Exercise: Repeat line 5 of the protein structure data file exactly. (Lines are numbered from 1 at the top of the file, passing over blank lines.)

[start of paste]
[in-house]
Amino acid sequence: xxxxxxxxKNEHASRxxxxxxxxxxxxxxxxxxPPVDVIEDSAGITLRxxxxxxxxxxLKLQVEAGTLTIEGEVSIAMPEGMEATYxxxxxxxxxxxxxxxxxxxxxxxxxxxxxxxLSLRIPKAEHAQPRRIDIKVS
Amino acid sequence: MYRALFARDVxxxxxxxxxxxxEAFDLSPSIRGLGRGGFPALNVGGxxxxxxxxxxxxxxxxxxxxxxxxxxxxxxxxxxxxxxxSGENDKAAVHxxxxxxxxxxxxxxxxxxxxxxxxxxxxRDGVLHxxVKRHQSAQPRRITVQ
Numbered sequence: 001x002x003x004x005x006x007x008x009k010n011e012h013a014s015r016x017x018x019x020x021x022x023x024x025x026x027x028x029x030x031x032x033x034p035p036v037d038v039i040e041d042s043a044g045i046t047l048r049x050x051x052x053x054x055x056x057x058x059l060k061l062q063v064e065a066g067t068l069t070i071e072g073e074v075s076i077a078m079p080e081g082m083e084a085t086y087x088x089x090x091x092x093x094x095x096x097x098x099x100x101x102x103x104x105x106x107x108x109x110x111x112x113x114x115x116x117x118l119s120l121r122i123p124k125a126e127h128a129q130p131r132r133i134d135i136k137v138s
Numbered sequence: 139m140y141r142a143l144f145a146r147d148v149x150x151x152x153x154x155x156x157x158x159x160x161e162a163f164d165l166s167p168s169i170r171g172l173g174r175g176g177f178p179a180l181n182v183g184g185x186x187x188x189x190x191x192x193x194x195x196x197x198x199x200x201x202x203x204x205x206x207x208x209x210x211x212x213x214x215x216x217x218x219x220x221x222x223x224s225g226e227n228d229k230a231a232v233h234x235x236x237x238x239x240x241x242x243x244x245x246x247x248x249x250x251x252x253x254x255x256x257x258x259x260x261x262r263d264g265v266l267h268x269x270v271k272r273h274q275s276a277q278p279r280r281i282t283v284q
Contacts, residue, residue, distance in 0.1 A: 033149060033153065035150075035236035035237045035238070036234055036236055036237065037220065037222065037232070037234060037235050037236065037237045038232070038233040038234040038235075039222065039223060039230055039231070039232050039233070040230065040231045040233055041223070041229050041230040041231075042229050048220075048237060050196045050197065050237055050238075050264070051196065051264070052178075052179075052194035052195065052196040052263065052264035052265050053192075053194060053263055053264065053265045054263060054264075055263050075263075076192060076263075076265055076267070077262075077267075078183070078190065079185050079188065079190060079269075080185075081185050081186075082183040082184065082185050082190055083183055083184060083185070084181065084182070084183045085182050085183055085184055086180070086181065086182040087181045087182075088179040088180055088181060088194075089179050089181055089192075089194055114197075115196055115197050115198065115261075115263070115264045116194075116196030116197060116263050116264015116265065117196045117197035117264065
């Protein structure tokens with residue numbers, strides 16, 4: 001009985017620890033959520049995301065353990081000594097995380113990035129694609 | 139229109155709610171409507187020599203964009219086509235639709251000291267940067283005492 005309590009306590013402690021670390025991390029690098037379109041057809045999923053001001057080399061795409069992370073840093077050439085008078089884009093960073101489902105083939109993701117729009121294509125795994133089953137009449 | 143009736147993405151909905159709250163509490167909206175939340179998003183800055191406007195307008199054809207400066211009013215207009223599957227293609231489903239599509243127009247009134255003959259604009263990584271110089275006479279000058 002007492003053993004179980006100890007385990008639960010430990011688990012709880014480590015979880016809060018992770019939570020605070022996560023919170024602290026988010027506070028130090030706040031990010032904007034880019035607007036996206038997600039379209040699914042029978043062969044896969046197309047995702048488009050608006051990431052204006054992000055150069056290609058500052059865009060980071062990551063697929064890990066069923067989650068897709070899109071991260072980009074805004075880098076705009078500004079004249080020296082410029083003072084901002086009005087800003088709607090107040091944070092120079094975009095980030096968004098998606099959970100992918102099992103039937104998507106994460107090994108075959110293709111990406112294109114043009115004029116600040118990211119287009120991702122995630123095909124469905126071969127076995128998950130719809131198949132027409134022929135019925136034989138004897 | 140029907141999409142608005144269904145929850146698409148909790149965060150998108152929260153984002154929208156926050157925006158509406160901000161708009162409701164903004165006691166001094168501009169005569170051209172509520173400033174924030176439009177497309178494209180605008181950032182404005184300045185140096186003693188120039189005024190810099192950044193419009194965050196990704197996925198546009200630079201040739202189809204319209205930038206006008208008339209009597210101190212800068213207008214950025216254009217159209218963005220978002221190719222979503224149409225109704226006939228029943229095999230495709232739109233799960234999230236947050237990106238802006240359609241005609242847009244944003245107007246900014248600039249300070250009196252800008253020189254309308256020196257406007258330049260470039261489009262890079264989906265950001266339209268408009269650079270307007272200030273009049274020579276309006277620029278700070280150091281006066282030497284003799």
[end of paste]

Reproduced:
Numbered sequence: 139m140y141r142a143l144f145a146r147d148v149x150x151x152x153x154x155x156x157x158x159x160x161e162a163f164d165l166s167p168s169i170r171g172l173g174r175g176g177f178p179a180l181n182v183g184g185x186x187x188x189x190x191x192x193x194x195x196x197x198x199x200x201x202x203x204x205x206x207x208x209x210x211x212x213x214x215x216x217x218x219x220x221x222x223x224s225g226e227n228d229k230a231a232v233h234x235x236x237x238x239x240x241x242x243x244x245x246x247x248x249x250x251x252x253x254x255x256x257x258x259x260x261x262r263d264g265v266l267h268x269x270v271k272r273h274q275s276a277q278p279r280r281i282t283v284q